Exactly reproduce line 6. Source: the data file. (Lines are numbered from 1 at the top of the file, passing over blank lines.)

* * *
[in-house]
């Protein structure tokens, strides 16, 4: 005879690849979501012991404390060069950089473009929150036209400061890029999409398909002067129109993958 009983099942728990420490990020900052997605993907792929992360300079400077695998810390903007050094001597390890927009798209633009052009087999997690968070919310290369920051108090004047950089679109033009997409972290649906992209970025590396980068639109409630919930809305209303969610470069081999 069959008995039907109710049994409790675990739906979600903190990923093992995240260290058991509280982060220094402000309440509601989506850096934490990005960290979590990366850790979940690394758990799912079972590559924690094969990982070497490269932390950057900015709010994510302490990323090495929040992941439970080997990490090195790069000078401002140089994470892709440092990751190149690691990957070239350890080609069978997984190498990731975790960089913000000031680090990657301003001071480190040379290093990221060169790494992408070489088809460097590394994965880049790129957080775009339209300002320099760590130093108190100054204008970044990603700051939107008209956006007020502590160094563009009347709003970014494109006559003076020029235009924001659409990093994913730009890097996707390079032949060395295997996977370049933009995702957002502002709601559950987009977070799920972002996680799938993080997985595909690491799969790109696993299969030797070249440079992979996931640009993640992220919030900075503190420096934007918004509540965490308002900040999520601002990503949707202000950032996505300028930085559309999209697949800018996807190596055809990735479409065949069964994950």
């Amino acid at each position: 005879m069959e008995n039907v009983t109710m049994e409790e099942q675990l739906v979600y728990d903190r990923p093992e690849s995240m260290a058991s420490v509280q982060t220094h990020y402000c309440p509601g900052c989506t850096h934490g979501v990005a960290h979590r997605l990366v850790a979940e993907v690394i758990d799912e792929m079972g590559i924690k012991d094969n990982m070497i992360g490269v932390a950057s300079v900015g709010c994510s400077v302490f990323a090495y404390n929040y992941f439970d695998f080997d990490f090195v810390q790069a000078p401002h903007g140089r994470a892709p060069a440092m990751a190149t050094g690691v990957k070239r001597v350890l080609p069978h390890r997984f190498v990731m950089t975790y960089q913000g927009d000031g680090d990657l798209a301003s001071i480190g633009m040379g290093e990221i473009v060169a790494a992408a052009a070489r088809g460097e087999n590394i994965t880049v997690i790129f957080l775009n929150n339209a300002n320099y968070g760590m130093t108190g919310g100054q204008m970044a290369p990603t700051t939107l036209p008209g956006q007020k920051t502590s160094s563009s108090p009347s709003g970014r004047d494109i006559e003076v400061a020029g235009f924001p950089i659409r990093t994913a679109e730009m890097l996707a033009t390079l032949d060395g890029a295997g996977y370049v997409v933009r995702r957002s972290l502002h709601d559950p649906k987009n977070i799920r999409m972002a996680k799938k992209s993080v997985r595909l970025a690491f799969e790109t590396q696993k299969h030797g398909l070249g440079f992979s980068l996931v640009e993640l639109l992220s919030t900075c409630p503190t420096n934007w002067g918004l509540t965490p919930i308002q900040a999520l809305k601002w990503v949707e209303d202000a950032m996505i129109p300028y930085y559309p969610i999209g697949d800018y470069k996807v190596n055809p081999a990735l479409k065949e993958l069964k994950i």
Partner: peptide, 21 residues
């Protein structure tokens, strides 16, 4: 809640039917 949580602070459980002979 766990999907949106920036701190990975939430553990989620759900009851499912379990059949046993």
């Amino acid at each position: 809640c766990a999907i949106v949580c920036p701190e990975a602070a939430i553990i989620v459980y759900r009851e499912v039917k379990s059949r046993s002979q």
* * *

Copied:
């Amino acid at each position: 809640c766990a999907i949106v949580c920036p701190e990975a602070a939430i553990i989620v459980y759900r009851e499912v039917k379990s059949r046993s002979q």